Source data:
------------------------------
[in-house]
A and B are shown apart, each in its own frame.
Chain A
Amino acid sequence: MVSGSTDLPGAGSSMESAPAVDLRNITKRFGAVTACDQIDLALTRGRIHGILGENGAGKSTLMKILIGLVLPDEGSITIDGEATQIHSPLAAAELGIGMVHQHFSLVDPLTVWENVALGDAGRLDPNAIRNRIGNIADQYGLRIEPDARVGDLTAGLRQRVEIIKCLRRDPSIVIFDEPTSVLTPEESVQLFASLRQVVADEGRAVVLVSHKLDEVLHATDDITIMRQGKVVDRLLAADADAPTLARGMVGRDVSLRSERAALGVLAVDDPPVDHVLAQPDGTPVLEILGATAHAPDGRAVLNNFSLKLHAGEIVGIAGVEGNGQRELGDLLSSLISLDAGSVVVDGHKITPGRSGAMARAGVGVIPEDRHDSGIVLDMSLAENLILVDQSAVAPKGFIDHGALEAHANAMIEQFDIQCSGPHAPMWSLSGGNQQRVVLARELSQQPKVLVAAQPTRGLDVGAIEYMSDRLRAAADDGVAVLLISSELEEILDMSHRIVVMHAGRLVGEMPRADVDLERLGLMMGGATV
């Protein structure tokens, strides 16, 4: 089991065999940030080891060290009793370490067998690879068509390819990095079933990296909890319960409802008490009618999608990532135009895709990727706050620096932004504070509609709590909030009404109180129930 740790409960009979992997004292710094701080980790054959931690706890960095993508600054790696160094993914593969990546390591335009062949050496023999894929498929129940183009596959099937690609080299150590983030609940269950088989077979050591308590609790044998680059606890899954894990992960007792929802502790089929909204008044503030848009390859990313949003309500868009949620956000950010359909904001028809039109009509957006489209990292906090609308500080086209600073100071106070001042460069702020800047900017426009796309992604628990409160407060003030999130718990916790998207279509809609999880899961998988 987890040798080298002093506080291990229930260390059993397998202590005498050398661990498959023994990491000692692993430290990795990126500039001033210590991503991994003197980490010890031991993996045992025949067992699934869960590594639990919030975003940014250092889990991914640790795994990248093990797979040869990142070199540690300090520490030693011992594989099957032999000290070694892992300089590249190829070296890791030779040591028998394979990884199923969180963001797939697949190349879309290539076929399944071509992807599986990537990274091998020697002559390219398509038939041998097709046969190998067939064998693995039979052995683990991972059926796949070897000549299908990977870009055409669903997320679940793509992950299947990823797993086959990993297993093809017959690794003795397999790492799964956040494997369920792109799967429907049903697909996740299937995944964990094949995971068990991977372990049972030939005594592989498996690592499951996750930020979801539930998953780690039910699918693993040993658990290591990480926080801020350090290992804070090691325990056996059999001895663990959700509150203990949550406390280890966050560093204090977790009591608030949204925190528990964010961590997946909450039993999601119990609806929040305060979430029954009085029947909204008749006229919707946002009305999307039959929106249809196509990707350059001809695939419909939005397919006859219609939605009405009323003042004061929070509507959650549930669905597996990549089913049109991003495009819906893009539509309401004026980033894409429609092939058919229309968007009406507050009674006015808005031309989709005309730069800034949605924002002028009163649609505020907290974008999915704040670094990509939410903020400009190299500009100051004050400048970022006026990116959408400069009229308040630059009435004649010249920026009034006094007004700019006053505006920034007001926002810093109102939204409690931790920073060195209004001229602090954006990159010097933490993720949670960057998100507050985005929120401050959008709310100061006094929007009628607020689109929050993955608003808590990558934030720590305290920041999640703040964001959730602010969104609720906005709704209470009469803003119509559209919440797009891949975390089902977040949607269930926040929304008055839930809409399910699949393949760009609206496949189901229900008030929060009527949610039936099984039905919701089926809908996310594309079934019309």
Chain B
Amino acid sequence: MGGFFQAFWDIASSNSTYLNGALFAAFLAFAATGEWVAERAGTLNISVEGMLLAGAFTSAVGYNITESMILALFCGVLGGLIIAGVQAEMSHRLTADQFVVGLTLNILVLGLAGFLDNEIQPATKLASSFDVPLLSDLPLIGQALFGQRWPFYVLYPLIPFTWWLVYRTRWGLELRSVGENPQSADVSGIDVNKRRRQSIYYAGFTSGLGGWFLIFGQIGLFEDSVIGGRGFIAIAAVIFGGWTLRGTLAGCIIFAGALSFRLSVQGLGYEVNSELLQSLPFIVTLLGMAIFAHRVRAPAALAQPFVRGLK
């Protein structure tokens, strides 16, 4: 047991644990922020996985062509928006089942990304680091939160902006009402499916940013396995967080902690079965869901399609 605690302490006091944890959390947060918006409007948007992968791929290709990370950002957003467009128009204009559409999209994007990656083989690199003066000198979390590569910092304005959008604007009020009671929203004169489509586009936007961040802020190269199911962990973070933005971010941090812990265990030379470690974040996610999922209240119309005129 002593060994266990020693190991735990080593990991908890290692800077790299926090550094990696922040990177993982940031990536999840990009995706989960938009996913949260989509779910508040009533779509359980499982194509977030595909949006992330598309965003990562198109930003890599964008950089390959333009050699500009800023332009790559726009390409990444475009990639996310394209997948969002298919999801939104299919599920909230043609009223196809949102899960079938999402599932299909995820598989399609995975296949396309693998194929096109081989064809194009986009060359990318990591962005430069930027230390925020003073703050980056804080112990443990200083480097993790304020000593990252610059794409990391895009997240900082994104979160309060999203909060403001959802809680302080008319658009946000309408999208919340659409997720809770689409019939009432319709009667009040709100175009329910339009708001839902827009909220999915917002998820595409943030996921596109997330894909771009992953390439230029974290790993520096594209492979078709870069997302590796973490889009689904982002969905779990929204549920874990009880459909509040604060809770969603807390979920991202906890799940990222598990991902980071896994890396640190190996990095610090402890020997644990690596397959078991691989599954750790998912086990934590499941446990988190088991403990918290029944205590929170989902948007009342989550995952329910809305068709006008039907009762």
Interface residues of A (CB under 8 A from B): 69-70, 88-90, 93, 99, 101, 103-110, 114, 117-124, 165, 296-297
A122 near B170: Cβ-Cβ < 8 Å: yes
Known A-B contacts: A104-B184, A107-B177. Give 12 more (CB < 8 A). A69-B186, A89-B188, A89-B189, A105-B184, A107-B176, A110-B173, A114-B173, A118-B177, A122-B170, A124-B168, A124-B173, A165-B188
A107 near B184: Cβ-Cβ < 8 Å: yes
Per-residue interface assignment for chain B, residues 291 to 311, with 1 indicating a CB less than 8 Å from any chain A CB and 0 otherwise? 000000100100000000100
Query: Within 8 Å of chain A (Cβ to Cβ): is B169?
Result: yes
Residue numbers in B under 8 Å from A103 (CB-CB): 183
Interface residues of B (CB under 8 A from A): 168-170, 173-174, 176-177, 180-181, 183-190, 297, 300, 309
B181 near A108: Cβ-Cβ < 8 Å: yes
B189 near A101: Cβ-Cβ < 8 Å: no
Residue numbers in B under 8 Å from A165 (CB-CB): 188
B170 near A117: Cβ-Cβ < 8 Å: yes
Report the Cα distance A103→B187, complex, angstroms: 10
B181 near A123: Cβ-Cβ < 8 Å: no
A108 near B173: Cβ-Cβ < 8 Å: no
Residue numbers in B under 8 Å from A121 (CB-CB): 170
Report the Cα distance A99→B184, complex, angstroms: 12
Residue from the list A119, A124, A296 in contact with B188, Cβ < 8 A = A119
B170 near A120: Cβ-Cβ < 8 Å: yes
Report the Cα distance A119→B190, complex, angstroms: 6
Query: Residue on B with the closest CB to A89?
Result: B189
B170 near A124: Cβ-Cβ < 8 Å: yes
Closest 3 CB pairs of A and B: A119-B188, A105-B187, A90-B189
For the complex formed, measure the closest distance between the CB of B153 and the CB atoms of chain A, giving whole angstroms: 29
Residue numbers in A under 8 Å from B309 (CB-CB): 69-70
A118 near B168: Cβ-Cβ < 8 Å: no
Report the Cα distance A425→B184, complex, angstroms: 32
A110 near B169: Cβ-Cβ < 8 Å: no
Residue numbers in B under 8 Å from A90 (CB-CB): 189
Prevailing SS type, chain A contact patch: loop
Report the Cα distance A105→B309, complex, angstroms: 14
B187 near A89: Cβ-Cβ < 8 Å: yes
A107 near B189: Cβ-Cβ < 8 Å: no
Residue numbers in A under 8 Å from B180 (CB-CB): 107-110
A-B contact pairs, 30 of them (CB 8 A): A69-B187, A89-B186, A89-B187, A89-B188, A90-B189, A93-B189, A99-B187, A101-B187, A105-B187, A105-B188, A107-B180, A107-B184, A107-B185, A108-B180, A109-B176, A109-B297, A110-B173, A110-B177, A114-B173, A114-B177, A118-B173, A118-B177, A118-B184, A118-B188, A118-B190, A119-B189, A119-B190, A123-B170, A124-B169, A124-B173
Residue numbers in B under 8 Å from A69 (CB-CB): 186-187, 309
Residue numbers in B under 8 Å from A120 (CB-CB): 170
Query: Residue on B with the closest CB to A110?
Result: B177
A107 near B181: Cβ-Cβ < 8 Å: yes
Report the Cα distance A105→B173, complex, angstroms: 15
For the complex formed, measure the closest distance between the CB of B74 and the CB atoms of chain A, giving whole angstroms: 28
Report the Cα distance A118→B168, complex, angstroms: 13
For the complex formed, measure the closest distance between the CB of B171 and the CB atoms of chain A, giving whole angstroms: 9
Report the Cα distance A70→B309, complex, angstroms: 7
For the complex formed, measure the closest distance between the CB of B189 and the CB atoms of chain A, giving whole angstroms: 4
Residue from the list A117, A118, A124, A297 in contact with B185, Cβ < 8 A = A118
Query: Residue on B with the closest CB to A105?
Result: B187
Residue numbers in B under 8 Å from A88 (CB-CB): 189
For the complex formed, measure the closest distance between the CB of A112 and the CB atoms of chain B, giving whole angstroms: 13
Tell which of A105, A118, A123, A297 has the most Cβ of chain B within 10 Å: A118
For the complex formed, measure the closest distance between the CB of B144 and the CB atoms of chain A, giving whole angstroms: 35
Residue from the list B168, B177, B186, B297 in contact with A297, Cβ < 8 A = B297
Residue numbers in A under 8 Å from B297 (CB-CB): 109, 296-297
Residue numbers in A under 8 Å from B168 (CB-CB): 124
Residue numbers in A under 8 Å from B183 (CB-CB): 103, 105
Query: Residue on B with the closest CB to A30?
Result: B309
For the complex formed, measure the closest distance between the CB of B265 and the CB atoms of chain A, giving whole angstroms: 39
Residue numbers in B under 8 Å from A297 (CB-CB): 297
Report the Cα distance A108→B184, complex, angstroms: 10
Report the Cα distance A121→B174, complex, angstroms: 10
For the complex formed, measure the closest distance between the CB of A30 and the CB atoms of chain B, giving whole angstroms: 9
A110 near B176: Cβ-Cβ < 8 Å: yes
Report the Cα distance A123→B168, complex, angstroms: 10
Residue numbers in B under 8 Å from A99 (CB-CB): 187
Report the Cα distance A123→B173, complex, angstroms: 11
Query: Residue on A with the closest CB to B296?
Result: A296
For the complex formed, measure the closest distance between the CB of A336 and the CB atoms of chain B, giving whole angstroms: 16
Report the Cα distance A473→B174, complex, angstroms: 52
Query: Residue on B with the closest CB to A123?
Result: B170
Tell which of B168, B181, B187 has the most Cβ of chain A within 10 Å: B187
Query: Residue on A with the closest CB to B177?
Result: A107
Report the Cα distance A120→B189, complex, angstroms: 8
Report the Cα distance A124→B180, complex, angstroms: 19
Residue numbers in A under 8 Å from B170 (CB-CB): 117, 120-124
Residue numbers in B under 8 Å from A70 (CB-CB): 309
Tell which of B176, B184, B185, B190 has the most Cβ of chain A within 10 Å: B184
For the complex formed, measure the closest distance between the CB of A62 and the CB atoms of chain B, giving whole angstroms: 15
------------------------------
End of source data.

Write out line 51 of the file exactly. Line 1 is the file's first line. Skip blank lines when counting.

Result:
Report the Cα distance A105→B173, complex, angstroms: 15